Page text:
• I haven’t tried tried meditation but I do look for ways to getaway to the mountains, trails or a scenic drive and just unwind. I also do my best to keep stress free environment at home and work. I definitely agree with not wasting what time we have and doing our best to improve our health so we can live better now and in the future.

  2. I’ve personally never had a stroke. But I’ve had family members that have and it’s not anything to play with. The recovery process can be extremely hard and most people don’t ever fully recover.

    But you have an uplifting and positive post here I’m sure will help a lot of stroke victims. Keep up the great work man.

    • Thank you for your feedback. I never thought this was important to consider. I was a good athlete in high school and college. I was taken by surprise when I found out I was not indestructible.

  3. Rick, I really enjoyed reading your article. As a physical therapist, I see a good number of stroke patients and I agree that having a positive attitude is one of the most important things that can help you bounce back and get the results you want. It’s good to hear you are trying to eat a little better and increase your cardio exercise too, very smart. Take care of yourself and thanks for sharing.

    • I appreciate your encouragement. It sometimes seems strange that there are a lot of things we can do ourselves to improve our lives because we keep getting bombarded with millions of commercials that tell us we can fix everything with just one little pill. How nice. Have a great day and thank you again for the encouraging comment.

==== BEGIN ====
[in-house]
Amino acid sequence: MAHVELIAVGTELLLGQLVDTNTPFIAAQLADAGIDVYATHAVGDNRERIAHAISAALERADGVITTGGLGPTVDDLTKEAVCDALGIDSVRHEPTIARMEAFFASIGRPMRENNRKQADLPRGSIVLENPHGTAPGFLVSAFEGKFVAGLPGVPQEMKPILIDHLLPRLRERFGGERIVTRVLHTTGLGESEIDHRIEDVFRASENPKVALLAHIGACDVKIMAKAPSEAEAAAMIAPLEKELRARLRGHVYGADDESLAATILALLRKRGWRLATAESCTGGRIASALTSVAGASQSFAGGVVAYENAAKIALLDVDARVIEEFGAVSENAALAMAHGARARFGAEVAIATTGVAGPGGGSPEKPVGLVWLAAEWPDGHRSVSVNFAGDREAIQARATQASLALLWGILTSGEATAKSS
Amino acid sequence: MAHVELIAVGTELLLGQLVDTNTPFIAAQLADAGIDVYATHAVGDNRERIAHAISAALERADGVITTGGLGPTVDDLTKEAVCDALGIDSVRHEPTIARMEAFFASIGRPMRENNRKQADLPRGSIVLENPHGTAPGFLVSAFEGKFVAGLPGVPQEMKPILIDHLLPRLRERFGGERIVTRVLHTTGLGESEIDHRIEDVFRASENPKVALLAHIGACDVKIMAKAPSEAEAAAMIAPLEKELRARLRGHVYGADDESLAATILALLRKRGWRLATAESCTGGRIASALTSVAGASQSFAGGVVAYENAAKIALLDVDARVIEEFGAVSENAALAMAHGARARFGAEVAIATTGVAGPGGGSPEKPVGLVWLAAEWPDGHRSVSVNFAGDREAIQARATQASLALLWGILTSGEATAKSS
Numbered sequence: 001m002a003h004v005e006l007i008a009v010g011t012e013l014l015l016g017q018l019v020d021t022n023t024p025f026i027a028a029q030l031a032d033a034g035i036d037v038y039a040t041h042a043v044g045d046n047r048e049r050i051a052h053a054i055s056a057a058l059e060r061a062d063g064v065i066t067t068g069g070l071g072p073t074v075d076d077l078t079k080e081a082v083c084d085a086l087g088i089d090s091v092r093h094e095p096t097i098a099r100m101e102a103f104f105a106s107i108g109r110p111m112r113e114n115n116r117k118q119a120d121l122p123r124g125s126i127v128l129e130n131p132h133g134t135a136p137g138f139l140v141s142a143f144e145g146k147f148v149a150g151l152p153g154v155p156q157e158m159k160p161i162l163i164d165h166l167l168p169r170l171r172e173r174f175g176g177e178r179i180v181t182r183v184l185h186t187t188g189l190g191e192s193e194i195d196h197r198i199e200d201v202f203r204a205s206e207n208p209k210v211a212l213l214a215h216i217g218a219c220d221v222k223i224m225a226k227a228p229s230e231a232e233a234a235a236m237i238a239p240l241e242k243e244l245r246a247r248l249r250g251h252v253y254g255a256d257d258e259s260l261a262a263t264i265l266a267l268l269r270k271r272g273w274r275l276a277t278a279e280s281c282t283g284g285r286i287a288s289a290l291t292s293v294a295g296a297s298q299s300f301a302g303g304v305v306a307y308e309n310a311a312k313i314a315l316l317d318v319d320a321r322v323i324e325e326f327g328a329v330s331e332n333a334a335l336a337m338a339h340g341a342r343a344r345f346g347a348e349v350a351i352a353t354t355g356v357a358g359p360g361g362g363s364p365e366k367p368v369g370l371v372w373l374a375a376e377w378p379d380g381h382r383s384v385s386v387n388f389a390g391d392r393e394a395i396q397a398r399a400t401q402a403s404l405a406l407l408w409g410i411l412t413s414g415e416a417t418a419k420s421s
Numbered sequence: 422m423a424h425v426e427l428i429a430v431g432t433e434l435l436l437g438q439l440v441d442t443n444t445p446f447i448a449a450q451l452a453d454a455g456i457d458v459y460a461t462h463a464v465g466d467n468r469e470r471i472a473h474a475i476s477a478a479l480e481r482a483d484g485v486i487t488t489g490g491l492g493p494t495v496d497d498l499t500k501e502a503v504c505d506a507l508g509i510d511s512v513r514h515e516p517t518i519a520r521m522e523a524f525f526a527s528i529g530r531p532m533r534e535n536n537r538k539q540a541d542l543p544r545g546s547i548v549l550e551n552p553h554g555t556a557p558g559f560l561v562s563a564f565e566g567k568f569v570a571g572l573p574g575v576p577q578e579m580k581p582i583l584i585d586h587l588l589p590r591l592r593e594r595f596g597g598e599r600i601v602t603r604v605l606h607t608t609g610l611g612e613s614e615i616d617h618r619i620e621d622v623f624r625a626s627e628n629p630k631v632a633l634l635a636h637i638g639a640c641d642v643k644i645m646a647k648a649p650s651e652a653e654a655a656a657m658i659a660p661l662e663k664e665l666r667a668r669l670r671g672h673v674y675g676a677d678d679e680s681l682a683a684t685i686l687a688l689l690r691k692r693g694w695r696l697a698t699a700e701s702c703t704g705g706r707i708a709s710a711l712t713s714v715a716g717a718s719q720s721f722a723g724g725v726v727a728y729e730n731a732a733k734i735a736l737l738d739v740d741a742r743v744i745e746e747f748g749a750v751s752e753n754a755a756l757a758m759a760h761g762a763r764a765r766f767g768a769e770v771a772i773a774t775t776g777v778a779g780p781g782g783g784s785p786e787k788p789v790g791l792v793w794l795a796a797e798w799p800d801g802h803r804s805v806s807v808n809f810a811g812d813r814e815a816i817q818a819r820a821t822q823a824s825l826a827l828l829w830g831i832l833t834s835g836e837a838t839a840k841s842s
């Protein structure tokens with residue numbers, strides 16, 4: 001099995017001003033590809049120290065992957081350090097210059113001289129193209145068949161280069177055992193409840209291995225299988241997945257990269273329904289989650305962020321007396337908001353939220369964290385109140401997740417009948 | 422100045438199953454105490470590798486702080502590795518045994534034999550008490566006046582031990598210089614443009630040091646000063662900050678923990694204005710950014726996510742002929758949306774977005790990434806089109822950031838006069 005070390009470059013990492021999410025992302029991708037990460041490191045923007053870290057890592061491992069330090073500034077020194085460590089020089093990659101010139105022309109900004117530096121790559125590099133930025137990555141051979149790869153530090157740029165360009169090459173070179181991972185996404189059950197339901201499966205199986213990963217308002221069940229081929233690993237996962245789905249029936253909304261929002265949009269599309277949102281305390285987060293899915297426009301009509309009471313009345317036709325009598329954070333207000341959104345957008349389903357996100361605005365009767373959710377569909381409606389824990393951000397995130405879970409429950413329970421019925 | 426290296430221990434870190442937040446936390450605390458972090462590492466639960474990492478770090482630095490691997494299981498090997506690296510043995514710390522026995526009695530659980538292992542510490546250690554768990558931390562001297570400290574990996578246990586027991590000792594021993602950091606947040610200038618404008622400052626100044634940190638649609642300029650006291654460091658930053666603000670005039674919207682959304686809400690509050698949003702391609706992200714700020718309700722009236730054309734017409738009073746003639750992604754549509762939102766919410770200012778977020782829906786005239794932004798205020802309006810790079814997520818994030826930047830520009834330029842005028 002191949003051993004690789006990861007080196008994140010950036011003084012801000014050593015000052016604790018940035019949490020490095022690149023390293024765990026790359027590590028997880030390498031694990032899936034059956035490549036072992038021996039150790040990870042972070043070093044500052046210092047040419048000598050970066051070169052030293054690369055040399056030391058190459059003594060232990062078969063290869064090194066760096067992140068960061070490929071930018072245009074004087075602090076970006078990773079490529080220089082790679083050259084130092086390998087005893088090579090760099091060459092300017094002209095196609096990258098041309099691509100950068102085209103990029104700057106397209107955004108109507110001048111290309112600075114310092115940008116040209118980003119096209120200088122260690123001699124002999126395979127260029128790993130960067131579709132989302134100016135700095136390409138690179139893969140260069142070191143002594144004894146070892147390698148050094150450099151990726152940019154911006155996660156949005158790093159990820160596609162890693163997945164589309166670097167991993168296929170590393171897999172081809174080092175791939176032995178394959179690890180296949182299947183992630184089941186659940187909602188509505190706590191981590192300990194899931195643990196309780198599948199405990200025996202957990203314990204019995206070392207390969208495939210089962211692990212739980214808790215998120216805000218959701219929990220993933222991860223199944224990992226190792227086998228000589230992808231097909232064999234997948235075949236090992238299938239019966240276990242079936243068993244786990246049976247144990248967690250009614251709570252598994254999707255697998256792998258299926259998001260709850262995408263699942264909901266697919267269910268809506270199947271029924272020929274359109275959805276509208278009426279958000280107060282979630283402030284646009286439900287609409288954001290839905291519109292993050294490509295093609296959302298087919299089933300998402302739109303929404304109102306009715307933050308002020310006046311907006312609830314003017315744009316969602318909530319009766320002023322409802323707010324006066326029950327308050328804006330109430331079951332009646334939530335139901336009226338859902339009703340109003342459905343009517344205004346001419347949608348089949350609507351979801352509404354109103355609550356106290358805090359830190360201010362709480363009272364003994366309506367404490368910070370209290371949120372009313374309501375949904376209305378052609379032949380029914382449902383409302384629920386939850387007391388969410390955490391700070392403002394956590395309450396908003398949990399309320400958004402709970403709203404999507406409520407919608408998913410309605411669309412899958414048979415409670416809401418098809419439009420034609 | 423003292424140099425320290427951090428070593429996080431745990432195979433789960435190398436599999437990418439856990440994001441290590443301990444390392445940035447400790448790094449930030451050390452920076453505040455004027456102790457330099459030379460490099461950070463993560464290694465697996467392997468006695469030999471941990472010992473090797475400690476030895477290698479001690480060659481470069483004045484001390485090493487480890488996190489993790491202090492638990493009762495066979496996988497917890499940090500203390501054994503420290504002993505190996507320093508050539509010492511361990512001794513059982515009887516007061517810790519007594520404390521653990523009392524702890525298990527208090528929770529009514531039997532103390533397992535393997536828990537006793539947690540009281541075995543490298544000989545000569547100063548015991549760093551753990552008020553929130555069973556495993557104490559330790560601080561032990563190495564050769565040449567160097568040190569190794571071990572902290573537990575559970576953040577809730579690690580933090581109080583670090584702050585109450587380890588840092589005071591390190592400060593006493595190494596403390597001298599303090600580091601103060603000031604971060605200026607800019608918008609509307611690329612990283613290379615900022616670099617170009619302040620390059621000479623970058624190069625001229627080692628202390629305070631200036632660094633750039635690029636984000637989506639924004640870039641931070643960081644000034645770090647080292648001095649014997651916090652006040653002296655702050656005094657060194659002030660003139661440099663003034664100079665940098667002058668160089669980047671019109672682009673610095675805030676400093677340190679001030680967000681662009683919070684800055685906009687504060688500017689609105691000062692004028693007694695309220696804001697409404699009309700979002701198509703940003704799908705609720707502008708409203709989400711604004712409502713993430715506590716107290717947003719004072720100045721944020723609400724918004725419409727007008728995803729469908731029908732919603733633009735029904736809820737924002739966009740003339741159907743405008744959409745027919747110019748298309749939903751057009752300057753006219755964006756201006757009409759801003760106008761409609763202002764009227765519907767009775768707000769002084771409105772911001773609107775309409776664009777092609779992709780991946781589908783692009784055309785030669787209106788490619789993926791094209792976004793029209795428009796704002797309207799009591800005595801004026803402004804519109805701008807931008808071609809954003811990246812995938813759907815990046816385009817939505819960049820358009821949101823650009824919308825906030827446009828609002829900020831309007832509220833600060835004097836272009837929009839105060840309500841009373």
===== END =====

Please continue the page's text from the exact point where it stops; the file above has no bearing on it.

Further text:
4. A great article. I am learning how much a positive attitude is sometimes all you need to feel that you are worth the effort by watching my mom who was left disabled after surgery to remove a brain tumor. It seems like a common thing to feel sorry for yourself or angry, and I can’t blame people at all for feeling that way; it is natural. But after a while you need to start doing things for yourself and seek out the help you need to get better. Whether or not they are religious, the fact that people survive big medical incidences like strokes or cancer should be seen as a sign that they still have things to contribute to this world and the people around them.

    • There are so many challenges in life but don’t you find it interesting that so many times we think that we need to offer encouragement or console someone when many times the person with the struggle usually ends up encouraging us and giving us hope?